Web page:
Statement of Position in Regard to Gender Affirming Care
Like so many other concerned observers across the United States and around the globe, Columbia Health and the Transgender and Gender Expansive Team (TGET) have been closely monitoring the numerous legislative actions taking place in state houses throughout the country intended to restrict or ban access to gender affirming medical care.
The sudden proliferation of hundreds of such bills in such a short span of time has caused alarm, confusion, and fear among trans and gender expansive people, as well as healthcare providers of diverse specialties, from surgeons, general practitioners, psychiatrists, psychotherapists, social workers, pediatricians, endocrinologists, to support staff.
The principles and standards of gender affirming care have been carefully established over decades (WPATH, IJTH) by centering the input and lived experiences of those seeking care while ensuring the validity and efficacy of treatment via scientific and medical research. Such care is grounded in the core principles of health care ethics of beneficence, non-maleficence, and respect for each person’s bodily autonomy, integrity, and dignity. And yet, the facts and knowledge we’ve accumulated are contradicted or at best ignored in the form of trans health care bans as well as other harmful measures such as those limiting diverse gender expression.
While many of these laws directly impact health care providers and their ability to provide lifesaving care to transgender and nonbinary patients, this burden pales in comparison to the harm caused to those in direct need of gender-affirming care. While such treatment can be said without exaggeration to be lifesaving, it is an unfortunate truth that it has always been extremely difficult for those in need to get access to care, even before the recent legislation.
In many parts of the United States, people have had to travel hours for a single appointment or are limited to telehealth care whether they prefer that modality or not. Even in cities such as New York, it has long been commonplace for a person to wait as long as a year just for an initial consultation with a surgeon.
Such realities run counter to the claims raised by legislators regarding people being rushed recklessly into gender affirming care. And yet we are now in danger of treatment becoming not just difficult but nearly impossible to obtain for far too many people. Many trans and gender expansive persons who have been receiving care are in danger of abruptly losing it--if they have not lost it already. When coupled with the rise of increasingly antagonistic and inflammatory social forces that equate gender diversity and nonconformity with predation, there is understandably a growing fear not just for healthcare access but for general safety and security.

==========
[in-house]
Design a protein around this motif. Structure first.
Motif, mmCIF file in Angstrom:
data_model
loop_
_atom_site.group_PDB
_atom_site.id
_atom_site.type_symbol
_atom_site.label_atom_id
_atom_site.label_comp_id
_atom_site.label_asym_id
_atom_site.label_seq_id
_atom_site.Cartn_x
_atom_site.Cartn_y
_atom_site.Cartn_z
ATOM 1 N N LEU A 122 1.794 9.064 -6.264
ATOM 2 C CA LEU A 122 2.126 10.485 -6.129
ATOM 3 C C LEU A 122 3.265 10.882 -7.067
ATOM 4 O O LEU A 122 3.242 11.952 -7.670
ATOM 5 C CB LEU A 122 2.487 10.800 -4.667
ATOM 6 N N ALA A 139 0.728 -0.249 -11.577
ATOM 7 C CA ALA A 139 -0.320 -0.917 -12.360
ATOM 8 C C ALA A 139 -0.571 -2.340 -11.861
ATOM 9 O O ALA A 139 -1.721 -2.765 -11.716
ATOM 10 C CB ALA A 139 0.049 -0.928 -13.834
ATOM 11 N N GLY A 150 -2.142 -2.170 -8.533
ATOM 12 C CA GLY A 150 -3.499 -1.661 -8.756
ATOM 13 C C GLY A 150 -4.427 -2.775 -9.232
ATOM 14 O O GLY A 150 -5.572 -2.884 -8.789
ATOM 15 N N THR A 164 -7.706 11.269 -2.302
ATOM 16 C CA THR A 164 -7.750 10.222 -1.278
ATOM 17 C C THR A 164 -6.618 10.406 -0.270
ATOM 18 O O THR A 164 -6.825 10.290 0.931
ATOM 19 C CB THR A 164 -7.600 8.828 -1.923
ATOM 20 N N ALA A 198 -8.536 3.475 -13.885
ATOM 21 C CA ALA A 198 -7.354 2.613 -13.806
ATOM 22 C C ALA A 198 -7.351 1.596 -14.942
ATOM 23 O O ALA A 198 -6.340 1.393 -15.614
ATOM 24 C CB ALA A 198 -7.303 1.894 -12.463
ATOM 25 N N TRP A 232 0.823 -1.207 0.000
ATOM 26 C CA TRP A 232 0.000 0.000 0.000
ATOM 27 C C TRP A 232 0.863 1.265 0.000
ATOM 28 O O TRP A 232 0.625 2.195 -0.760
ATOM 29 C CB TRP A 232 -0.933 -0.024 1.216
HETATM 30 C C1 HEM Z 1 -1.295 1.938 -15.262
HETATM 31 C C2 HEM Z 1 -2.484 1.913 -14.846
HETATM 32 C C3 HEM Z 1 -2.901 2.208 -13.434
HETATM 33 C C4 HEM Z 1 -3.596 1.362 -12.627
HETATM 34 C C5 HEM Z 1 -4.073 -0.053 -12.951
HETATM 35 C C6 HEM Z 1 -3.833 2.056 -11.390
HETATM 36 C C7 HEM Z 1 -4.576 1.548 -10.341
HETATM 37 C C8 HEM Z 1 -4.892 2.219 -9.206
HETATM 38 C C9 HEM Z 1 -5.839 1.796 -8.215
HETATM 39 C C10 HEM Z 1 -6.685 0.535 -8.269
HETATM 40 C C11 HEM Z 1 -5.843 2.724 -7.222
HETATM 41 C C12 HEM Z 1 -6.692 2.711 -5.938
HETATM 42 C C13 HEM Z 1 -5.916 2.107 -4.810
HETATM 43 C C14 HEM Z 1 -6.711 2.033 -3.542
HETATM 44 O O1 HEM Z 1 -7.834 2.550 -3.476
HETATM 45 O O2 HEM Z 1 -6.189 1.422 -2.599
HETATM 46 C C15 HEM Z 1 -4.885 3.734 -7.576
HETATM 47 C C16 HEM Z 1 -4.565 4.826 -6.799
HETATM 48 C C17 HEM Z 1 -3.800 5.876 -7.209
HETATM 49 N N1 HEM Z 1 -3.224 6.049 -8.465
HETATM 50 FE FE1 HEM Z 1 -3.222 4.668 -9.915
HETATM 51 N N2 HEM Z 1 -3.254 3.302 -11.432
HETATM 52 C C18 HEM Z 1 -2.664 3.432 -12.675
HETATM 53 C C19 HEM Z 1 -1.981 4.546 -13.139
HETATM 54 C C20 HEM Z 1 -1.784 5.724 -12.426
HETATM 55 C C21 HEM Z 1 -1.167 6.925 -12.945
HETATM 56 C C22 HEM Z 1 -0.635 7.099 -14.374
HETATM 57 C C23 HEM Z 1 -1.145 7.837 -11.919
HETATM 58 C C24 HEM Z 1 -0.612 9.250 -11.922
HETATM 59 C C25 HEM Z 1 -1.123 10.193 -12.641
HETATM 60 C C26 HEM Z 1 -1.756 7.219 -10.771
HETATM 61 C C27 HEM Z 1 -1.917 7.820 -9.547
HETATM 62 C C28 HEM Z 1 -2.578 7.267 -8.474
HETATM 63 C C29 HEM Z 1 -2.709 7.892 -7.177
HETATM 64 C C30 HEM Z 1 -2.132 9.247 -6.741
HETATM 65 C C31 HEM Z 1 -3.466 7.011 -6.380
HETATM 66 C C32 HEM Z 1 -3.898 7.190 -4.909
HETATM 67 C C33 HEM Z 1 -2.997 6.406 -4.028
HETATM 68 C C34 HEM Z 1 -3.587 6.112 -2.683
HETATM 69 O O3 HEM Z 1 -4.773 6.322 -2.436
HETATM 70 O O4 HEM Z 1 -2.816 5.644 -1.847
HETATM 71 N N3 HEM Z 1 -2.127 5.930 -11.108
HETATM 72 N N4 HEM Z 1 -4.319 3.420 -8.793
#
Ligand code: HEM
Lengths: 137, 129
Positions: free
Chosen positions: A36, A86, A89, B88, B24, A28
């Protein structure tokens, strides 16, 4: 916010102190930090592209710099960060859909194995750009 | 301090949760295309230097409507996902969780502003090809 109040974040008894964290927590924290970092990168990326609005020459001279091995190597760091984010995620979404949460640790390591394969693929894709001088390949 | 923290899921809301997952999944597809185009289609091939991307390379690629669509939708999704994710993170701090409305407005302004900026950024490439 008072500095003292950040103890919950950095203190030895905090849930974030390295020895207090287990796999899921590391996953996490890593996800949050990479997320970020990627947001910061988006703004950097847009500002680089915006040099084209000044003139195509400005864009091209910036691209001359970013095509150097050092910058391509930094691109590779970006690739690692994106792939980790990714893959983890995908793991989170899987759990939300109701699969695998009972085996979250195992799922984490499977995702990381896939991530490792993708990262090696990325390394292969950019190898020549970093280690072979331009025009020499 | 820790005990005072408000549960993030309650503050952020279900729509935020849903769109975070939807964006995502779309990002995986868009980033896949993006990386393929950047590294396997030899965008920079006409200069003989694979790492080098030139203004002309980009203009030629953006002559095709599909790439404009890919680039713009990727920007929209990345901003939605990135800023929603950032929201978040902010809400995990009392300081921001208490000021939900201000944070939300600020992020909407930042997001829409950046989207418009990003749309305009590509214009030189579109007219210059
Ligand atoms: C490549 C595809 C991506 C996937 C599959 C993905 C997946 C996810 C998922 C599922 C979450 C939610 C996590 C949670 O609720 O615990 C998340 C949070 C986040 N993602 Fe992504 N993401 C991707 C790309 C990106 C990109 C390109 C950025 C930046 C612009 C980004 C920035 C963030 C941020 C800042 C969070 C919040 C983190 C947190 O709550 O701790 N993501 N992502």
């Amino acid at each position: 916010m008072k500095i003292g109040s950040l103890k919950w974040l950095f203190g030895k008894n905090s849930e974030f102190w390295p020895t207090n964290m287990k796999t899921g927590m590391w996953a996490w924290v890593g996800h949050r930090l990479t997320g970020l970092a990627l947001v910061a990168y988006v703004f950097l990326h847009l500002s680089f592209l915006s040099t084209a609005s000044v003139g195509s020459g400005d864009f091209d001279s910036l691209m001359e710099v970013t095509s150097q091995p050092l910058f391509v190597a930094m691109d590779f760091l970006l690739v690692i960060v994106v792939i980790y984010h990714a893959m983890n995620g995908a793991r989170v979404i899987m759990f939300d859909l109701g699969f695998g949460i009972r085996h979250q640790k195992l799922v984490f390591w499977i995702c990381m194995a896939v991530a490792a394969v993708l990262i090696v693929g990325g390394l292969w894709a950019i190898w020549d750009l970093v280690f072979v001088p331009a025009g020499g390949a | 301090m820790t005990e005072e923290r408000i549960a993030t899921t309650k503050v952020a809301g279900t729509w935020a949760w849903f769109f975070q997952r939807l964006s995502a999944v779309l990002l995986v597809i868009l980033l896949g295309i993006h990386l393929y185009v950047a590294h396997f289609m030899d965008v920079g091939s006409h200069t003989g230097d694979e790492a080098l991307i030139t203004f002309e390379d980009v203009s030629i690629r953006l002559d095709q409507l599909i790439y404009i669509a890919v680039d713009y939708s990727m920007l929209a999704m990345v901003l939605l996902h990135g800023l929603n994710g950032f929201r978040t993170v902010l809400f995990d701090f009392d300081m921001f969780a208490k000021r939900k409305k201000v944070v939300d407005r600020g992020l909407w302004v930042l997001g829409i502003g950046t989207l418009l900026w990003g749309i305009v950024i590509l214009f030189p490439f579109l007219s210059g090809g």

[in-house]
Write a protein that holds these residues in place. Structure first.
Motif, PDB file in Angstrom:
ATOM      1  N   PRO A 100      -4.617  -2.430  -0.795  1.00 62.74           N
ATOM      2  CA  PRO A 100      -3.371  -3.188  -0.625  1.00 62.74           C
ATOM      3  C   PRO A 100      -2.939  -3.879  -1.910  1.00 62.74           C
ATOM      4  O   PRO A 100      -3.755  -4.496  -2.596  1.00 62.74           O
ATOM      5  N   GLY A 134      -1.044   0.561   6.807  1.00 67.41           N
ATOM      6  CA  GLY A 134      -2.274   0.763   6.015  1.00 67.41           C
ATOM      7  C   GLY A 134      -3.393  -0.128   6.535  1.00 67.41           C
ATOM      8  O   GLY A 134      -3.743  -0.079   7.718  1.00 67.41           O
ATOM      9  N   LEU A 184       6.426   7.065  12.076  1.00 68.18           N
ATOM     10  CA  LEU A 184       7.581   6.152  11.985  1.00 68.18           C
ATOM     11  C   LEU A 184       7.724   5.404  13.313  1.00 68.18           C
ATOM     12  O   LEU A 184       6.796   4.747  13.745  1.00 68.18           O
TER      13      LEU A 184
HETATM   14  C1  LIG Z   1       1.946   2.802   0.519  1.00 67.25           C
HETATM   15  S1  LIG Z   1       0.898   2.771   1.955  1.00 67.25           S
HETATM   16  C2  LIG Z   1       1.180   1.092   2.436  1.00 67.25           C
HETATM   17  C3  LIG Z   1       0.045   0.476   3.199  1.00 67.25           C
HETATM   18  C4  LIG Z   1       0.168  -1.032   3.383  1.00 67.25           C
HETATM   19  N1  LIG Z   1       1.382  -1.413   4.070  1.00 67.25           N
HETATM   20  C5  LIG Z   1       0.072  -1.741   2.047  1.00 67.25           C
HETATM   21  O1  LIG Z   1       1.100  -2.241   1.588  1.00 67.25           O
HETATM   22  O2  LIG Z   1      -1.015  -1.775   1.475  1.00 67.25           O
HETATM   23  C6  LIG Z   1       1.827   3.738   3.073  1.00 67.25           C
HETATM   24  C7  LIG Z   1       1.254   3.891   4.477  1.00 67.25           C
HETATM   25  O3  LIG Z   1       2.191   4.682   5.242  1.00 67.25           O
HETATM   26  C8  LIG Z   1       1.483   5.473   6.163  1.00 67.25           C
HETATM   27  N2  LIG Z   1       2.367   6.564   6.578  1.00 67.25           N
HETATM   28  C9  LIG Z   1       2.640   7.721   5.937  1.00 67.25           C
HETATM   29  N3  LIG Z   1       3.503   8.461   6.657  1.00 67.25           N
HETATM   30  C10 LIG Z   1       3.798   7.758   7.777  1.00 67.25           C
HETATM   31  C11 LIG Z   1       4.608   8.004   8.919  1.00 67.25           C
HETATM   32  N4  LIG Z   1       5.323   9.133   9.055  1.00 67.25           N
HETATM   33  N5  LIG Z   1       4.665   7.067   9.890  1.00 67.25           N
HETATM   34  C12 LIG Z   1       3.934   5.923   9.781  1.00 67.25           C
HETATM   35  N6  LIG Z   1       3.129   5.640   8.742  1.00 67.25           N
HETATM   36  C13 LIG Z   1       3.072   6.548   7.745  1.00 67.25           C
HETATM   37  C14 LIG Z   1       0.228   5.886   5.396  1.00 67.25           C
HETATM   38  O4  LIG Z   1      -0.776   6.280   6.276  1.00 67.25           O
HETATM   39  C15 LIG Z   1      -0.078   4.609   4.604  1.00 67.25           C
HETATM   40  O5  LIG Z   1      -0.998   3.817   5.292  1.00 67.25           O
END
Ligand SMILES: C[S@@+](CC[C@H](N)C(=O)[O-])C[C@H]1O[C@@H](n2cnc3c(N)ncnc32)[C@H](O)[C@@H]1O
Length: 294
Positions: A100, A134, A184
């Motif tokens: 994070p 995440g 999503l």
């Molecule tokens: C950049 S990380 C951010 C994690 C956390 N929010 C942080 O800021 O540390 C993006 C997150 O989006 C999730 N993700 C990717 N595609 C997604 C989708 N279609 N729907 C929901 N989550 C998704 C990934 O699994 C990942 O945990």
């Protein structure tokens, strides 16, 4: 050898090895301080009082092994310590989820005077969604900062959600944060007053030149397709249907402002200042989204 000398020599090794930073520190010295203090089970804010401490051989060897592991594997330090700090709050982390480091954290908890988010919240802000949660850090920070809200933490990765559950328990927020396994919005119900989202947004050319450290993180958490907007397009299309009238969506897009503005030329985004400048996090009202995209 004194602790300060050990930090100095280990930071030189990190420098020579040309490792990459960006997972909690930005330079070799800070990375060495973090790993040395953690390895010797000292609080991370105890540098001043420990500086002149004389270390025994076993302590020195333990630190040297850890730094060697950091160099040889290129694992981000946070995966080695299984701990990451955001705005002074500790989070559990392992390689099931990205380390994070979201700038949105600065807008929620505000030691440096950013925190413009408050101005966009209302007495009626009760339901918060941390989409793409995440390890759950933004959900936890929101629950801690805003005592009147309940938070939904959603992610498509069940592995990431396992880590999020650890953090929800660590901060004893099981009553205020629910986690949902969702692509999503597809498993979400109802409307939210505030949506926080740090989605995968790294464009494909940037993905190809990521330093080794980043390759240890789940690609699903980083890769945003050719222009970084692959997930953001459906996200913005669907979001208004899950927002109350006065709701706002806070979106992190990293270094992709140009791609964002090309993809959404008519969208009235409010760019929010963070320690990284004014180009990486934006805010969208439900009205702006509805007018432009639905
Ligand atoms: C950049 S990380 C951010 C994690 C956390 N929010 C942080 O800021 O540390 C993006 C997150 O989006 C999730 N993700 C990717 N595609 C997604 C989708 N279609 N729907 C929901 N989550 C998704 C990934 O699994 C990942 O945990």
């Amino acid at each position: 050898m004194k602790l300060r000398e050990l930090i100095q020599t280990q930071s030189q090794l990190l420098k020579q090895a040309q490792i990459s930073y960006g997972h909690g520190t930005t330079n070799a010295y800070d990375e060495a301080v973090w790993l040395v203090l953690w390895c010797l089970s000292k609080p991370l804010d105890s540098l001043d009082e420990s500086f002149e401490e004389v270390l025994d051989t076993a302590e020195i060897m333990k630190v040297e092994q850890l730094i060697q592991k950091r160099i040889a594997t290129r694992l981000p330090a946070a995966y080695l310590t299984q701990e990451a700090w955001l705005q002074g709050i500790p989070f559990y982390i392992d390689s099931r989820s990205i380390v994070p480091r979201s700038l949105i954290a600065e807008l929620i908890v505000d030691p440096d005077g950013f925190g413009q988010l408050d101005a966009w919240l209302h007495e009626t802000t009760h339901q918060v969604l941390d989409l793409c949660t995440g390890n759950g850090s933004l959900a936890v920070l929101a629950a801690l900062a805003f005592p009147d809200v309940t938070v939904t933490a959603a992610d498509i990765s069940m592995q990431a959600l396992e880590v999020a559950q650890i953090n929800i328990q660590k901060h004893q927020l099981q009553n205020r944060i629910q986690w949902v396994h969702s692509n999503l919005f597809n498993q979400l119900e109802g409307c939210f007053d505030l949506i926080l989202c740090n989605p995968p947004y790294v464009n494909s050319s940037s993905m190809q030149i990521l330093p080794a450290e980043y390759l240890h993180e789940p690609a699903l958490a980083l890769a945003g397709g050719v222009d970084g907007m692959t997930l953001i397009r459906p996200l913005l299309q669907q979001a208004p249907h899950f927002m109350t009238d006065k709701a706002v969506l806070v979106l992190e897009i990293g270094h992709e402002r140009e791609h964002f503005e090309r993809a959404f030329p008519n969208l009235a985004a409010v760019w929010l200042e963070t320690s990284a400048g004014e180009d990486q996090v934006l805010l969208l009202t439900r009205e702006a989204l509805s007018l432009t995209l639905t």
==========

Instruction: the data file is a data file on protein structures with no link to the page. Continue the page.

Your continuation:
Columbia Health and TGET are committed to solidarity with transgender and gender expansive people and seek to affirm the importance and validity of trans identities along with the right of all who need it to receive gender affirming care.
Specifically, we stand in support of the recently passed New York State laws S.2475-B (Hoylman-Sigal) / A.6046-B (Bronson), laws designed to prevent New York from cooperating in hostile states’ retaliation against gender affirming care providers, patients, family members, and those who support them. In this we speak in unison with the American Academy of Pediatrics, the World Professional Association of Transgender Health, the American Psychiatric Association, the American Psychological Association, the National Association of Social Workers, and many other professional, political, and sociological institutions in support of gender affirmative care.
While it is our hope that both advocacy and judicial review will start to roll back the wave of care limiting laws before long, we reaffirm our commitment to this work in the interim and to partnering with our transgender and gender expansive patients.
- Listen carefully to their goals and needs,
- Continue to strive to further our own learning and advocacy throughout the year- not just during Pride Month, and
- Continue to improve upon our services and capacity to provide gender affirmative care.
We additionally dedicate ourselves to remembering that the mission of ensuring that trans and gender expansive people receive the healthcare they need cannot succeed unless it is part of a larger endeavor to secure justice and equality for all marginalized people everywhere.